Jump to Navigation

Pyramid Lake Non-Point Source Assessment & Management Plan - 1994

Summary: 
This plan was created in partnership with the USEPA to assess and manage NPS on the Pyramid Lake Indian Reservation
Primary Contact: 
Rights: 
Creative Commons - Commercial Use OK
Status: 
Completed
Date Range: 
2010-12-21

 

Nonpoint source (NFS) discharges to aquatic systems have been identified by the

U.S. Environmental Protection Agency (USEPA) and other professional water quality

scientists as important sources of pollutants. In many cases, these pollutants interfere with

the intended beneficial uses of these waterbodies. Indeed, this problem is of such widespread

occurrence that Congress enacted Section 319 of the Clean Water Act (in 1987) and

established a national program to assess and control NPS pollution. Since that time, the

States have begun to address concerns by formally documenting existing NPS problem

sites and conducting reconnaissance studies to identify previously unknown problem sites.

The Clean Water Act (as amended in 1987) extended the opportunity for Indian Tribes to

take a greater administrative role in environmental protection within their borders.

However, many Tribes do not have the institutional capability nor the historical data base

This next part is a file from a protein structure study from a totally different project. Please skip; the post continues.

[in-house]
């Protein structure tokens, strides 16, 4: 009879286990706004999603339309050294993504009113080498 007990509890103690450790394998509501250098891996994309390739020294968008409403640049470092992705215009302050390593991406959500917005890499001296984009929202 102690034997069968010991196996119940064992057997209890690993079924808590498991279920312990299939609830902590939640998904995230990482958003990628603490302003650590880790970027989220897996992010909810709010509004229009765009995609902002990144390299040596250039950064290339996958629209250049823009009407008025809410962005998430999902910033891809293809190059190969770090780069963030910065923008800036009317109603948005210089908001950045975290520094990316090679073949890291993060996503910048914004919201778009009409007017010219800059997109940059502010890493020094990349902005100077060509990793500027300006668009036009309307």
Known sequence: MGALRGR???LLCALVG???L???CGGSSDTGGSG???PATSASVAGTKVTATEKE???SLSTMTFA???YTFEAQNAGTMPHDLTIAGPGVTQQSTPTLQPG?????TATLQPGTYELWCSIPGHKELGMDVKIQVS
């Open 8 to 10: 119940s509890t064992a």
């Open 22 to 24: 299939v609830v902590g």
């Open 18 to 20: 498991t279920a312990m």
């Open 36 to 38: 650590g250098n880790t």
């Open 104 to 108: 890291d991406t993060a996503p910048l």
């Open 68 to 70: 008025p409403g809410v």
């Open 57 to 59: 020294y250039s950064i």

to immediately begin NPS implementation projects. Because of this deficiency, USEPA

made $500,000 of Abatement, Compliance and Control funds available during FY 1992,

nation-wide, to assist Tribes to become eligible for Section 319 grants. The Pyramid Lake

Paiute Tribe received $48,000 of these monies to begin the process of NPS pollution

control to waters of their reservation.

With this report, the Pyramid Lake Paiute Tribe is seeking to expand the scope of

its environmental responsibilities to the area of nonpoint source (NPS) pollution. The

Tribe recognizes the potential negative impacts of NPS to both Pyramid Lake and the

lower Truckee River and wishes to continue existing and begin new actions which will

reduce pollutant discharges to these waterbodies. As is policy of the USEPA, Indian

Tribes must meet two important pre-conditions before they can be eligible to receive NPS

implementation grants under section 319 of the Clean Water Act. First, they must meet

the requirements for treatment as a State, and second, they must have an USEPA approved

NPS assessment and management program. This report is intended to fulfill this later

requirement.

AttachmentSize
PLPT Nonpoint Source Assessment and Management Plan 10-1994004a.pdf6.13 MB